OBJECTIVES: To determine the effectiveness of the six-item Triage Risk Screening Tool (TRST) to assess baseline functional status and predict subsequent functional decline in older community-dwelling adults discharged home from the emergency department (ED).
DESIGN: Secondary data analysis of a randomized, controlled trial.
SETTING: EDs of two urban academic hospitals.
PARTICIPANTS: Six hundred fifty community-dwelling adults aged 65 and older presenting to the ED and discharged home. Patients were categorized a priori as “high risk” if they had cognitive impairment or two or more risk factors on the TRST.
MEASUREMENTS: Functional status: summed activity of daily living (ADL) and instrumental activity of daily living (IADL) scores at baseline, 30 days, and 120 days. Self-perceived physical health: standardized physical health component of the Medical Outcomes Study 36-Item Short-Form Health Survey (SF-36). Functional decline: loss of one or more ADLs and one or more IADLs from ED baseline at 30 and 120 days. Decline in self-perceived physical health: follow-up SF-36 standardized physical health component scores four or more points lower than baseline.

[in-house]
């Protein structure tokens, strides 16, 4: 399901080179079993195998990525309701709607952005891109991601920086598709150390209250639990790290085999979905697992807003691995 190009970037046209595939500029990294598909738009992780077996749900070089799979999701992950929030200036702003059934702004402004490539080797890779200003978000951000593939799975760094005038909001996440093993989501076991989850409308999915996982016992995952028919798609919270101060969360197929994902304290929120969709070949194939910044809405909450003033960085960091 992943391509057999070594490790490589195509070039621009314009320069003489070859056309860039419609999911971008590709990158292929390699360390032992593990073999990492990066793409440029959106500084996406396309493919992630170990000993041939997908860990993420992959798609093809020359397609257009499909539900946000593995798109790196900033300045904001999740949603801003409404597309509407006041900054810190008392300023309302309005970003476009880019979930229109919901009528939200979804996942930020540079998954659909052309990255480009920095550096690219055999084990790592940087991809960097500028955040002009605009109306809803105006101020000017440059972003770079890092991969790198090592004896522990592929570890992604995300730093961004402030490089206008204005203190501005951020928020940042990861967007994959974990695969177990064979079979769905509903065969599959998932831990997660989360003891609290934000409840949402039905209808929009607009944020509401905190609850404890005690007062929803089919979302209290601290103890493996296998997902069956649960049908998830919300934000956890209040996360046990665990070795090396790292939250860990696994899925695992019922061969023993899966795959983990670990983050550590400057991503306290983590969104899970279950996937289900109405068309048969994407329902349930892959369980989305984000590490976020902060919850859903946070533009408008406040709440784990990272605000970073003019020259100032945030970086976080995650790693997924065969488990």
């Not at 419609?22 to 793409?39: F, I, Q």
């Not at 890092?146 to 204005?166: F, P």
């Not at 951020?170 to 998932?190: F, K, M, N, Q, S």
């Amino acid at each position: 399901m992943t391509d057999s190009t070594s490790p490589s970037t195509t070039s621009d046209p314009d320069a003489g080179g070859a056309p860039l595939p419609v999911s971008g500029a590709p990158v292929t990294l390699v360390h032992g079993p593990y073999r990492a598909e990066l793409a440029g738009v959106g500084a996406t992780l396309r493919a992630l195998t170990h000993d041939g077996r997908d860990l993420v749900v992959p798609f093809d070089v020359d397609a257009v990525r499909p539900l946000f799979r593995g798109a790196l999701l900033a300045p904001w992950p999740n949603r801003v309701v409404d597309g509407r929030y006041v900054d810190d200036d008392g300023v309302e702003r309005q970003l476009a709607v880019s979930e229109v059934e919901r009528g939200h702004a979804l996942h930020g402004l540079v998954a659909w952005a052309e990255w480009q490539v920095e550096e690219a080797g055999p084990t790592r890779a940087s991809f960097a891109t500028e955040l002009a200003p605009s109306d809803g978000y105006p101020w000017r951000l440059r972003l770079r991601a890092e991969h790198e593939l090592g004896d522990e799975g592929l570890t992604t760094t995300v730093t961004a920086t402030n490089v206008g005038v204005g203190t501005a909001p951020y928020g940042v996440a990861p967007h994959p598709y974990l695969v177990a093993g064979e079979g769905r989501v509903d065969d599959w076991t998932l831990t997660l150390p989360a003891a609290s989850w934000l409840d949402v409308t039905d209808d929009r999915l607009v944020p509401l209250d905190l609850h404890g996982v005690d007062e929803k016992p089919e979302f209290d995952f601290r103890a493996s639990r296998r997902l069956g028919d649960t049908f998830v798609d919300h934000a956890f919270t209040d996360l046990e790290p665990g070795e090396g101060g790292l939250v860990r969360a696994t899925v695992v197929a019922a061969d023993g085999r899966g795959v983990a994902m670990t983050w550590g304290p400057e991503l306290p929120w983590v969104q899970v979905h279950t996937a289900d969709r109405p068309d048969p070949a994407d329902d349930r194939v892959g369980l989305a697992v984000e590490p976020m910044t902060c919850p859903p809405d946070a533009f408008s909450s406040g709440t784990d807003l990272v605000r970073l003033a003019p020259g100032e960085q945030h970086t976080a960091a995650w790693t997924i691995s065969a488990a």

RESULTS: TRST scores correlated with baseline ADL impairments, IADL impairments, and self-perceived physical health at all endpoints (P<.001). A TRST score of two or more was moderately predictive of decline in ADLs or IADLs (30-day ADL area under the receiver operating characteristic curve (AUC)=0.64; 95% confidence interval (CI)=0.56–0.72; 120-day ADL AUC=0.66; 95% CI=0.58–0.74) but not perceived physical health.
CONCLUSION: The TRST identifies baseline functional impairment in older ED patients and is moderately predictive of subsequent functional decline after an initial ED visit. The TRST provides a valid proxy measure for assessing functional status in the ED and may be useful in identifying high-risk patients who would benefit from referrals for further evaluation or surveillance upon ED discharge.